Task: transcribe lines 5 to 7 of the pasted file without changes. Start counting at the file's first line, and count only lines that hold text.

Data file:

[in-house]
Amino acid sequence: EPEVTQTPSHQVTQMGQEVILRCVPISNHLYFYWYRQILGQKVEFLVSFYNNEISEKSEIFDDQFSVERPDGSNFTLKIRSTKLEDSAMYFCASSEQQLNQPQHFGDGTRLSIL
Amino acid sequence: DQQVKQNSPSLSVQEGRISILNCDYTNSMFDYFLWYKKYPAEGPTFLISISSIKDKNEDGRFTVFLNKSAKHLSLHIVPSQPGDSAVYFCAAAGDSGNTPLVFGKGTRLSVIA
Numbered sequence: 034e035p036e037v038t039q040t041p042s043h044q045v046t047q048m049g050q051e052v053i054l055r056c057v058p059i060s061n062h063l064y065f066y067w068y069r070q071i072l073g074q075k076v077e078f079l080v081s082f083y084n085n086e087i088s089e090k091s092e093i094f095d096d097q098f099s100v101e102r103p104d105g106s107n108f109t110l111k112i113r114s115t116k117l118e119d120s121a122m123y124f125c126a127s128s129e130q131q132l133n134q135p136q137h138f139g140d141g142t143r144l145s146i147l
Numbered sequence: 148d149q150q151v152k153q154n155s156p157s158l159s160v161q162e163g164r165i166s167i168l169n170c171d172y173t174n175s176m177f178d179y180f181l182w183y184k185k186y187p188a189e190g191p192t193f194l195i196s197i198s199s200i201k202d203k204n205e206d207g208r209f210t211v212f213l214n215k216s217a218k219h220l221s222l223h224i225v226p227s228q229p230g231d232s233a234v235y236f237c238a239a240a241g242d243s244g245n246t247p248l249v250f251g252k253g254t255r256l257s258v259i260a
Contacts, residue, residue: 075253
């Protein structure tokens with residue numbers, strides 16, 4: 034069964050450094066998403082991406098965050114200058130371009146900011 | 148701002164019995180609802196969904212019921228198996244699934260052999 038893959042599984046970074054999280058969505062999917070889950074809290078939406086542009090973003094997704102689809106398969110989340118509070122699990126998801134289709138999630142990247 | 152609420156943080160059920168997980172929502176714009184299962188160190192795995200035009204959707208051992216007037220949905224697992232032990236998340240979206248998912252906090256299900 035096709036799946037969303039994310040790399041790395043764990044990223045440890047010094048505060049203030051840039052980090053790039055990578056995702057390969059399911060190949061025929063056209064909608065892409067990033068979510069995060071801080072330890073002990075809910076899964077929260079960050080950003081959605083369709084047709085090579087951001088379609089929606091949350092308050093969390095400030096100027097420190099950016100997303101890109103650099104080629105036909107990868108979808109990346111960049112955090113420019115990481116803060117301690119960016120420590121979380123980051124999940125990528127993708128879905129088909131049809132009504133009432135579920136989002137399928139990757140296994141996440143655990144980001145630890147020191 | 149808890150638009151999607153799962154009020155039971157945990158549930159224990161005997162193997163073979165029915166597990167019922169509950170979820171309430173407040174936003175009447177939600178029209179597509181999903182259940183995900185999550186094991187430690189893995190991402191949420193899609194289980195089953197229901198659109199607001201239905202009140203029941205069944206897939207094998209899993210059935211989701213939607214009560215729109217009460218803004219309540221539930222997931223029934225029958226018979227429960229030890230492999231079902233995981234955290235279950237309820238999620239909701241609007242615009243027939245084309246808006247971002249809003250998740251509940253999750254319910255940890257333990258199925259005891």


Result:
Numbered sequence: 148d149q150q151v152k153q154n155s156p157s158l159s160v161q162e163g164r165i166s167i168l169n170c171d172y173t174n175s176m177f178d179y180f181l182w183y184k185k186y187p188a189e190g191p192t193f194l195i196s197i198s199s200i201k202d203k204n205e206d207g208r209f210t211v212f213l214n215k216s217a218k219h220l221s222l223h224i225v226p227s228q229p230g231d232s233a234v235y236f237c238a239a240a241g242d243s244g245n246t247p248l249v250f251g252k253g254t255r256l257s258v259i260a
Contacts, residue, residue: 075253
């Protein structure tokens with residue numbers, strides 16, 4: 034069964050450094066998403082991406098965050114200058130371009146900011 | 148701002164019995180609802196969904212019921228198996244699934260052999 038893959042599984046970074054999280058969505062999917070889950074809290078939406086542009090973003094997704102689809106398969110989340118509070122699990126998801134289709138999630142990247 | 152609420156943080160059920168997980172929502176714009184299962188160190192795995200035009204959707208051992216007037220949905224697992232032990236998340240979206248998912252906090256299900 035096709036799946037969303039994310040790399041790395043764990044990223045440890047010094048505060049203030051840039052980090053790039055990578056995702057390969059399911060190949061025929063056209064909608065892409067990033068979510069995060071801080072330890073002990075809910076899964077929260079960050080950003081959605083369709084047709085090579087951001088379609089929606091949350092308050093969390095400030096100027097420190099950016100997303101890109103650099104080629105036909107990868108979808109990346111960049112955090113420019115990481116803060117301690119960016120420590121979380123980051124999940125990528127993708128879905129088909131049809132009504133009432135579920136989002137399928139990757140296994141996440143655990144980001145630890147020191 | 149808890150638009151999607153799962154009020155039971157945990158549930159224990161005997162193997163073979165029915166597990167019922169509950170979820171309430173407040174936003175009447177939600178029209179597509181999903182259940183995900185999550186094991187430690189893995190991402191949420193899609194289980195089953197229901198659109199607001201239905202009140203029941205069944206897939207094998209899993210059935211989701213939607214009560215729109217009460218803004219309540221539930222997931223029934225029958226018979227429960229030890230492999231079902233995981234955290235279950237309820238999620239909701241609007242615009243027939245084309246808006247971002249809003250998740251509940253999750254319910255940890257333990258199925259005891």